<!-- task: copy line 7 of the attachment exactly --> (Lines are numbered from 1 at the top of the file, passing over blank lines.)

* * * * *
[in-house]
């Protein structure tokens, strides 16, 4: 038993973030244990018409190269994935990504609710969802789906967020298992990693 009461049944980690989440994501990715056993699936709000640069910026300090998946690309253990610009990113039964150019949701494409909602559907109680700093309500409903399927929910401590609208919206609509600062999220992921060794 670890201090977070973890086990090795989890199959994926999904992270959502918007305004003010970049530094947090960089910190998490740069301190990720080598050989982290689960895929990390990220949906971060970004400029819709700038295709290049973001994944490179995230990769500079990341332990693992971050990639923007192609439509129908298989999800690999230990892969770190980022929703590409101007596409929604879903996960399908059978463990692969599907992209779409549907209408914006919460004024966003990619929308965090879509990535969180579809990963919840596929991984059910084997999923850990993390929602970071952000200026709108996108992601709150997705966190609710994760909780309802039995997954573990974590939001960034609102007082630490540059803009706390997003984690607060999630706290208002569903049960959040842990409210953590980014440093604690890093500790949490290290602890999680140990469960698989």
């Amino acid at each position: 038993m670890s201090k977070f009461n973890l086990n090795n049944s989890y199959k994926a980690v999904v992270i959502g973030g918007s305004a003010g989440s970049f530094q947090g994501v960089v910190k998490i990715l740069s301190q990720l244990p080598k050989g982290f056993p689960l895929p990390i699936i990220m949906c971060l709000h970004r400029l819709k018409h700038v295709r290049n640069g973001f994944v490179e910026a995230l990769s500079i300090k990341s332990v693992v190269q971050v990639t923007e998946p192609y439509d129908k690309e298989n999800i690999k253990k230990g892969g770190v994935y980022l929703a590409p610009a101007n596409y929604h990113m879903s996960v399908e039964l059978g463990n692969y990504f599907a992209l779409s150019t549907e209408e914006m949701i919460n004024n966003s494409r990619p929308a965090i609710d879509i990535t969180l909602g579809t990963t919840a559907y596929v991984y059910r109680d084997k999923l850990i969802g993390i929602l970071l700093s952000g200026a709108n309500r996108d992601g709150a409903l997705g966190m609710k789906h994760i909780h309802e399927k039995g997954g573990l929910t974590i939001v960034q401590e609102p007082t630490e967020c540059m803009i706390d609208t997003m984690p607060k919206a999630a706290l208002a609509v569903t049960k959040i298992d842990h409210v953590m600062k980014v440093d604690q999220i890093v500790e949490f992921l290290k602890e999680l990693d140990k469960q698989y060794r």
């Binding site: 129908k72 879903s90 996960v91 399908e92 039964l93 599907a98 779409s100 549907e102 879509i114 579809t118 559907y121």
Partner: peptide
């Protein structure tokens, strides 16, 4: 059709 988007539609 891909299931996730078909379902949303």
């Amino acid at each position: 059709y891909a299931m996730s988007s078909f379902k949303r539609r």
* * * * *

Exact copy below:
């Amino acid at each position: 059709y891909a299931m996730s988007s078909f379902k949303r539609r």